Bald eagles, the American symbol, mostly inhabit western Canada, Alaska, and sparsely spread throughout the lower 48 states. They congregate in northwestern Pacific, Florida, upper Great Lakes, and Chesapeake Bay. The bald eagles nest their home high up on fork branches of trees or on mountain cliffs.
Adult eagles have black-brown bodies, yellow beaks and legs, and white heads and tails. It takes 4 years for the plumage to develop. The growth of the plumage indicates the eagles' maturity and attracts mates. A fully-grown eagle can be, on an average, 30-40 inches (75-107.5cm) long. When they spread their wings, the wingspan can reach up to 8ft (2.4cm) wide.
These birds of prey often feed on fish and carrion. Once in a while they would catch rabbits, squirrels, or waterfowls. Bald eagles use their sharp beaks and talons to hunt down their victims. When they see their prey, the eagles launch a surprise attack. They would dive down quickly in hope to catch their lunch. When near the prey, the eagles use their sharp talons to grab hold of their food. These predators are said to be opportunistic, which means that they adapt to the availability of food.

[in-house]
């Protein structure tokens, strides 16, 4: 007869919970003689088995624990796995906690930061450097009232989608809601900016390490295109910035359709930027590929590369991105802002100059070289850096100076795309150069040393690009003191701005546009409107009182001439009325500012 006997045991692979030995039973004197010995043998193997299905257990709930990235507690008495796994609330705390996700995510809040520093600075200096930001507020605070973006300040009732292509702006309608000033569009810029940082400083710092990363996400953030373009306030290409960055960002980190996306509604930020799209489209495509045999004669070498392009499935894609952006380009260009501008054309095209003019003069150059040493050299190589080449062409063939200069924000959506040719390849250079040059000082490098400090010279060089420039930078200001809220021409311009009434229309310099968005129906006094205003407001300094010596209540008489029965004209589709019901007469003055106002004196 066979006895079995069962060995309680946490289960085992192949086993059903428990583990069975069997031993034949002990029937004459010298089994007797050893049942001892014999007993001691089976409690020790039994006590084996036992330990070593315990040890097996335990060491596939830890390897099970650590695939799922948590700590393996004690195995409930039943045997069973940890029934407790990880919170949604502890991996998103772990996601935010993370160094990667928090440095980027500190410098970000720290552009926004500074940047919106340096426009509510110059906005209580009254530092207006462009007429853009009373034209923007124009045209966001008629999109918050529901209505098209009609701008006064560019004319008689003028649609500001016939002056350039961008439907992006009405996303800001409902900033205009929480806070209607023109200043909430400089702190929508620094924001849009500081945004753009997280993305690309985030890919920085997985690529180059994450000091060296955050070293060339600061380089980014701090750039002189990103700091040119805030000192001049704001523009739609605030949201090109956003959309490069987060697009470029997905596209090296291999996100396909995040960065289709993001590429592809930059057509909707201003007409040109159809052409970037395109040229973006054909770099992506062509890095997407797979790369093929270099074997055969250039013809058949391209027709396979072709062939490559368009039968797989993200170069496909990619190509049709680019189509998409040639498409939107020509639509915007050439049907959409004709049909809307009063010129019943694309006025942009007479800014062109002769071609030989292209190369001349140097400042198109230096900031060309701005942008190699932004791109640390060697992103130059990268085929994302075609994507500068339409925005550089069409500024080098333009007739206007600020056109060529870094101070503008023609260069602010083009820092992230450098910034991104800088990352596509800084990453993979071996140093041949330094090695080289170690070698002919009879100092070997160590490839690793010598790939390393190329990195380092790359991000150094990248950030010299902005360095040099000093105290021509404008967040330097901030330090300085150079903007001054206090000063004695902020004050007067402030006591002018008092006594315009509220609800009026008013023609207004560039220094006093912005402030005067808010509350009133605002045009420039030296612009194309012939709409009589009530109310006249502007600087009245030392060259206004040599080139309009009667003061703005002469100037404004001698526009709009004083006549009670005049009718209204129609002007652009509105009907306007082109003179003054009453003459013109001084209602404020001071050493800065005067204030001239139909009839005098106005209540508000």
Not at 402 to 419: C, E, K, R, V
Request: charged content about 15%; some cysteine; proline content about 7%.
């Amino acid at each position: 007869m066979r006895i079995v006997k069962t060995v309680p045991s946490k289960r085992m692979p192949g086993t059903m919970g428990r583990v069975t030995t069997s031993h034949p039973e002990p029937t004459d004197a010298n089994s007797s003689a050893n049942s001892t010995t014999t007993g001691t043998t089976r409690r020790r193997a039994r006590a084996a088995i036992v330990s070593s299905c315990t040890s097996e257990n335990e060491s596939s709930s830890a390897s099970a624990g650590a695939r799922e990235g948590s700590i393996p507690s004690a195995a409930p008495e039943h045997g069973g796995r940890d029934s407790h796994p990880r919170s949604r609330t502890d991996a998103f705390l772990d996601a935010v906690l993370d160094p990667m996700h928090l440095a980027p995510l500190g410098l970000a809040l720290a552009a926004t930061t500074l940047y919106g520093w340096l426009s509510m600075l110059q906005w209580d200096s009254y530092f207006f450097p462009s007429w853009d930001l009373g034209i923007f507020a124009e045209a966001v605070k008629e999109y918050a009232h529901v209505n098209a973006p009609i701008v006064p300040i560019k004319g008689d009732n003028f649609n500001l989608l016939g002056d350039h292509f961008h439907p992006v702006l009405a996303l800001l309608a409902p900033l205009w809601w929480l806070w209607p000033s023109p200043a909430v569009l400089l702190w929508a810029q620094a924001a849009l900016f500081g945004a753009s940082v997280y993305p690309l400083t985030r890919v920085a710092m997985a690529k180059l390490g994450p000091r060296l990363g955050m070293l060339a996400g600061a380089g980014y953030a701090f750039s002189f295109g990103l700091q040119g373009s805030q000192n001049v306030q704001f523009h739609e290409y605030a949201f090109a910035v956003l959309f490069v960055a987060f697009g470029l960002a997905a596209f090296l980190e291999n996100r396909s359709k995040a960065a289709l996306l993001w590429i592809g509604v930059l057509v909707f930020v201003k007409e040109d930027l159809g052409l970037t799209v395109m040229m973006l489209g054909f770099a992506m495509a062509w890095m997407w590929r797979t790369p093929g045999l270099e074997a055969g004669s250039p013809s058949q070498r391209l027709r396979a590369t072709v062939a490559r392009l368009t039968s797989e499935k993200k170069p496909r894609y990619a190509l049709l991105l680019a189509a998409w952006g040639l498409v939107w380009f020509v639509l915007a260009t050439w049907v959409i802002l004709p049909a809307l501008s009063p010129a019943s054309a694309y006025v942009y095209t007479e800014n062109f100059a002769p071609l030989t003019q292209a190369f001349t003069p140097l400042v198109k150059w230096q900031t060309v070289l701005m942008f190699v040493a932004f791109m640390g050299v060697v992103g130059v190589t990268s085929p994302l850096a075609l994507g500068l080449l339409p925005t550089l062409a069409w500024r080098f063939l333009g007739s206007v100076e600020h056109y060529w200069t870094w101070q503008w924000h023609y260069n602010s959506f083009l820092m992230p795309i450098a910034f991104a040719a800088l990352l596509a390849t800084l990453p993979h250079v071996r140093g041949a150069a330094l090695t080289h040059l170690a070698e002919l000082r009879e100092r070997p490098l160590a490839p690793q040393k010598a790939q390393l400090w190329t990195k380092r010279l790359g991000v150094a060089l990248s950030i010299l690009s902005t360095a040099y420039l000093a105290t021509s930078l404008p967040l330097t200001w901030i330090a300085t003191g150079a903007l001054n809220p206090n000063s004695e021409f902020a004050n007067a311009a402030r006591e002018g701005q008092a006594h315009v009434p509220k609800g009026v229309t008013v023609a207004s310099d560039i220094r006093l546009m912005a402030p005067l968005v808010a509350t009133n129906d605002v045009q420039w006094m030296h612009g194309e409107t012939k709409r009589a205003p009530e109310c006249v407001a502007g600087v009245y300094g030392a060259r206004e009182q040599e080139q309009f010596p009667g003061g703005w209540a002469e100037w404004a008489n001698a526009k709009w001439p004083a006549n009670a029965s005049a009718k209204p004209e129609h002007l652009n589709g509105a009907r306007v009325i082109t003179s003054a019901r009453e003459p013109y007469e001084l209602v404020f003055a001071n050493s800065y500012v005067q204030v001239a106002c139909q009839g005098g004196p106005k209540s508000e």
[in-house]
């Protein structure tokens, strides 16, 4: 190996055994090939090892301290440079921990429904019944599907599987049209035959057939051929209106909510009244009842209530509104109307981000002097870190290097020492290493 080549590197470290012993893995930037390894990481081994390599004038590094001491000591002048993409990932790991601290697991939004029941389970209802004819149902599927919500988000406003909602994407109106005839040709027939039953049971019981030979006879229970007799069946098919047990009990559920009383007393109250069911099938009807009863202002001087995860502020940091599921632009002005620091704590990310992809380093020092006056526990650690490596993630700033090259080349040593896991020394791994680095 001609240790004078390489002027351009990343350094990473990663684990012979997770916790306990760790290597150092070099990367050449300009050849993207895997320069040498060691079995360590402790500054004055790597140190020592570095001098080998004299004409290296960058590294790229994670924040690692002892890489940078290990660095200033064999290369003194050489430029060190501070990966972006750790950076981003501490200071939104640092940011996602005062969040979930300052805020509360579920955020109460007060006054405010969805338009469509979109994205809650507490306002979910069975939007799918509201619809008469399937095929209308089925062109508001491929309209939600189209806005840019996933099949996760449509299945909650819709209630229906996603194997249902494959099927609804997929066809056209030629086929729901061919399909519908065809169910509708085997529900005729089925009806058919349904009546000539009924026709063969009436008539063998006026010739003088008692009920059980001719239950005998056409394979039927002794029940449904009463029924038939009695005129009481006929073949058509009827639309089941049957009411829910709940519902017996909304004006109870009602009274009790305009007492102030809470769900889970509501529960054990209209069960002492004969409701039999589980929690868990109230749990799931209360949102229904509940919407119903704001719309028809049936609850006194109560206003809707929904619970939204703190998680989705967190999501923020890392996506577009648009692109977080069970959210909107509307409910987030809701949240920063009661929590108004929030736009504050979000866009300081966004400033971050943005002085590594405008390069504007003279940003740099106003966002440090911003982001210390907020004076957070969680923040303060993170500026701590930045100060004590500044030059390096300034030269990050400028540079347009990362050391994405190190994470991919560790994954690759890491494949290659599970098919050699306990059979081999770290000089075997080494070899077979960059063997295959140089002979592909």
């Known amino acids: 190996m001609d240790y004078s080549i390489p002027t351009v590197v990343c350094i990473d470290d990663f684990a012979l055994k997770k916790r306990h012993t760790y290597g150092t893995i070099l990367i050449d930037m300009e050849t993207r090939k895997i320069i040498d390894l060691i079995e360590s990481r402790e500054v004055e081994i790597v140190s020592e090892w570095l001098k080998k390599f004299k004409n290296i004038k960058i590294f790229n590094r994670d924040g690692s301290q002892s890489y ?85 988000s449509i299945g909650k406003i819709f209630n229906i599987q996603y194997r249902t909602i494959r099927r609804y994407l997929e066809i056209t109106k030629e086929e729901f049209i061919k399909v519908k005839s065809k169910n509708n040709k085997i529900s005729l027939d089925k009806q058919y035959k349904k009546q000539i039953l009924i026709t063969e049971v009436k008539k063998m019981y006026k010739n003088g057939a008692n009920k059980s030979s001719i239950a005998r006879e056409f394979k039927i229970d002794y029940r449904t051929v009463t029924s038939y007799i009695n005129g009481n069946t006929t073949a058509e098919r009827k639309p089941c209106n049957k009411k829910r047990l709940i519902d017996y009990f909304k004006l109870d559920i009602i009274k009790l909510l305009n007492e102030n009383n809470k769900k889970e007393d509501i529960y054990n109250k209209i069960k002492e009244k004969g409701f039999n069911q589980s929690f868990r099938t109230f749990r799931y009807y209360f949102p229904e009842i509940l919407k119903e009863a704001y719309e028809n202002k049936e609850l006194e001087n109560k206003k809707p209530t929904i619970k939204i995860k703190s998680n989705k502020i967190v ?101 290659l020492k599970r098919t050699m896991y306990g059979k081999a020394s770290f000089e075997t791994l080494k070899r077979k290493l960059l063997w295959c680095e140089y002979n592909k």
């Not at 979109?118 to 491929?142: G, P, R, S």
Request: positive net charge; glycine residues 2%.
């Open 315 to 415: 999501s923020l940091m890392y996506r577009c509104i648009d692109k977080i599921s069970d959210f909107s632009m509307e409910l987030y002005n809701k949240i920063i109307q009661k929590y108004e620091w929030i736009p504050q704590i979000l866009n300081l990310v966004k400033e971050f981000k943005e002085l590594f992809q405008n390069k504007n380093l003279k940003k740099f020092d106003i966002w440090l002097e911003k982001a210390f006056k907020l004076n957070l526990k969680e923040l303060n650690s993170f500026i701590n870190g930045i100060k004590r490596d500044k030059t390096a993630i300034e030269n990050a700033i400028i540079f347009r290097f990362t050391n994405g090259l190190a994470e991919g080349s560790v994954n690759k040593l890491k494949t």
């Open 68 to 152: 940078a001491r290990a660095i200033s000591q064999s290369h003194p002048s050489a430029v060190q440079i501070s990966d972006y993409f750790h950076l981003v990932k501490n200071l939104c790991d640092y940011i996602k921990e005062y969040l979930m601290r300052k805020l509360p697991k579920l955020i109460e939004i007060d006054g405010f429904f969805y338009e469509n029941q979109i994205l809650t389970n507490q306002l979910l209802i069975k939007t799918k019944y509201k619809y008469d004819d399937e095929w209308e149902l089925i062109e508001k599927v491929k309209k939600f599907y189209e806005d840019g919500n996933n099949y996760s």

Both parents incubate and care for their young. The usually clutch size is 2 eggs. The incubation period is about 34-36 days.
DDT (dichlorodiphenyltrichloroethane), a pesticide, once used to kill off pest in farmlands endangered the eagle population. This pesticide decreased the reproduction rate of the eagles. Since it was banned in 1960, the population of the bald eagle is making a comeback. Now there are about 30,000 eagles in Alaska and Canada, and about 2,500 in the 48 states. Another reason the eagles are endangered is that hunters shoot them or they use poisoned carrion as bait to catch them.
The bald eagle was adopted as the American symbol in 1782 for its "fierce and independent image." On the contrary, bald eagles are timid creatures.